Spring is in the air, not to mention the supermarkets, farmers markets and vegetable stands. A good reminder that we should be eating the fruits (and vegetables) of mother nature’s labour.
Eating in season seems to be the one recommendation all diets can agree on. Whether it’s the vegan, paleo or Mediterranean diet, they all suggest getting your fill of seasonal veggies.
From a macrobiotic perspective, eating in season is extremely important for balance. When you eat according to the seasonal and/or climate conditions, your are in harmony with the environment around you and your body performs at its best. And so, as the seasons change, our diets should follow. I kind of liken it to taking your car in for a seasonal tune up. What works for your body in the summer, won’t necessarily work in the fall or winter and vice versa, so make the necessary adjustments for optimal performance.
Most fruits and vegetables are now available to us year round, but its not always ideal for us to consume them all year long. Some foods are extremely cooling and help our bodies stay cool in the summer months, while others are warming, and help us stay warm in the winter months. Ideally we should be eating fruits and vegetables that grow naturally in the local environment and season in which we find ourselves. I’ll be the first to admit that I’m guilty of buying veggies like zucchini in the winter when they are not in season, but I’m not perfect and I do my best.
Besides warmer weather, one of the things I love most about spring is the variety of fruits and vegetables on offer that we don’t see during the winter months (and when we do see them they are frozen…but lets face it, its just not the same).
One such vegetable (or legume in this case) is fresh Peas in a pod which are loaded with nutrients, like Vitamins A, B6, C, K, thiamin, riboflavin, niacin, folate, iron, potassium, antioxidants and fiber. They are extremely easy to prepare and can be blanched for 2-4 minutes or steamed for 4-5 minutes. They also go well in many dishes, from soup to salad to pasta and more.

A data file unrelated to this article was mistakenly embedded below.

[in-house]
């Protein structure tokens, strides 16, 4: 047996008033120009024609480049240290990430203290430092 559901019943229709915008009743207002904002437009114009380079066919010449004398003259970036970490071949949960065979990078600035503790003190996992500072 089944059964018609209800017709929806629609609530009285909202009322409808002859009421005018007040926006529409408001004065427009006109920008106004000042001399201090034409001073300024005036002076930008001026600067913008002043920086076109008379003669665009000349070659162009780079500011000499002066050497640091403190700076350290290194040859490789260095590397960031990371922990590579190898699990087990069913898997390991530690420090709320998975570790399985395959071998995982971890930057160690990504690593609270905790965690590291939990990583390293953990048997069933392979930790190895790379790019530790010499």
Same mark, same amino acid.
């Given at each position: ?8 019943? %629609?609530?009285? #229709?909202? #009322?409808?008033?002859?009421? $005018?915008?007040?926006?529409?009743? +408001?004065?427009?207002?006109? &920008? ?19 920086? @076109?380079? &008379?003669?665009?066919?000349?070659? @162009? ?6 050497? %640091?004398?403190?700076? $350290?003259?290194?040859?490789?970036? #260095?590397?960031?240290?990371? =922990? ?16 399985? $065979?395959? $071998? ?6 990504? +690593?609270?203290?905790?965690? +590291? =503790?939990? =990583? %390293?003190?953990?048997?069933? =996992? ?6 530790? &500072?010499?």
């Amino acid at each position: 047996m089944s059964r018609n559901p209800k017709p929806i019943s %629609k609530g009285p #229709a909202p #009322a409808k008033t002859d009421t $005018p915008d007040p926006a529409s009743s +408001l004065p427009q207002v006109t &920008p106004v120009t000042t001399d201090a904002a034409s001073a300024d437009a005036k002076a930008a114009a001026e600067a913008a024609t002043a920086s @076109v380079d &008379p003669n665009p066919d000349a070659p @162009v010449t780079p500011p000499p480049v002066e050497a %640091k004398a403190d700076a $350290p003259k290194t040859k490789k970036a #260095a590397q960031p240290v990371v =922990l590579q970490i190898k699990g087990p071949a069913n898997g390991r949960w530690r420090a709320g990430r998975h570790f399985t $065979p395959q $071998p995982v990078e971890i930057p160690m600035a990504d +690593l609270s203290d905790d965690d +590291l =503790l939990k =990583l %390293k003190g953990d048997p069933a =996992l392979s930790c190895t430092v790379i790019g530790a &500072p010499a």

Another favourite vegetable of mine is carrots. While carrots are harvested year round, they were once predominantly a summer vegetable and so tend to be at their best jn the summer and fall. Carrots are packed with vitamins A, C, K; potassium, alpha- and beta-carotene antioxidants and fiber.
It just so happens that peas and carrots go extremely well together in many dishes. Here is one for you to try, Casarecce with Peas & Carrots (recipe below). Perfect for a quick lunch or weekday dinner.
Casarecce meaning “homemade” is a traditional Sicilian pasta shaped like a rolled up tube, making it the perfect pasta for chunky sauces. While I didn’t make a chunky sauce here, it worked well nonetheless.
I used a gluten free buckwheat brown rice casarecce that I had picked up at the supermarket out of curiosity. I also tossed in some arugula, another vegetable which thrives in the spring and summer. It added a nice peppery bitter greens flavour which offset the sweetness of the carrots and peas.
A simple pasta dish with the flavours of primavera!
Casarecce with Peas, Carrots and Arugula
- 120 Gr Pasta of Choice
- 1 Large Carrot
- 1/4 C Fresh Peas, removed from the pod
- 2 Tbsp Yellow Onion or Shallot
- 1 Small Clove of Garlic
- 1/2 Tbsp Extra Virgin Olive Oil
- Handful of fresh Arugula
- Pinch of Salt
- Cook pasta al dente, in salted boiling water, according to package directions. Add peas to pasta in the last 3 minutes to blanch them.
- Finely dice onion or shallot and crush garlic in a garlic press.
- Slice carrots into matchsticks. To do this, slice carrots diagonally into thin ovals and then slice each oval lengthwise into matchsticks.
- Heat olive oil in a pan and add onions and a pinch of salt. Sauté over medium heat, until translucent, about 2-3 minutes. Add garlic and sauté for another minute.
- Add carrots and sauté for 3-4 minutes until softened but still crunchy.
- Drain pasta an peas and add to pan with carrots, onion and garlic. Mix well. Add a tablespoon or two of pasta water if needed.
- Add a handful of arugula and toss to combine.
- Season with fresh ground black pepper and serve.
This recipe is enough for two small servings as a first course to a multiple course meal, or 1 regular serving and a bit of leftovers which can be warmed up or eaten at room temperature as a pasta salad.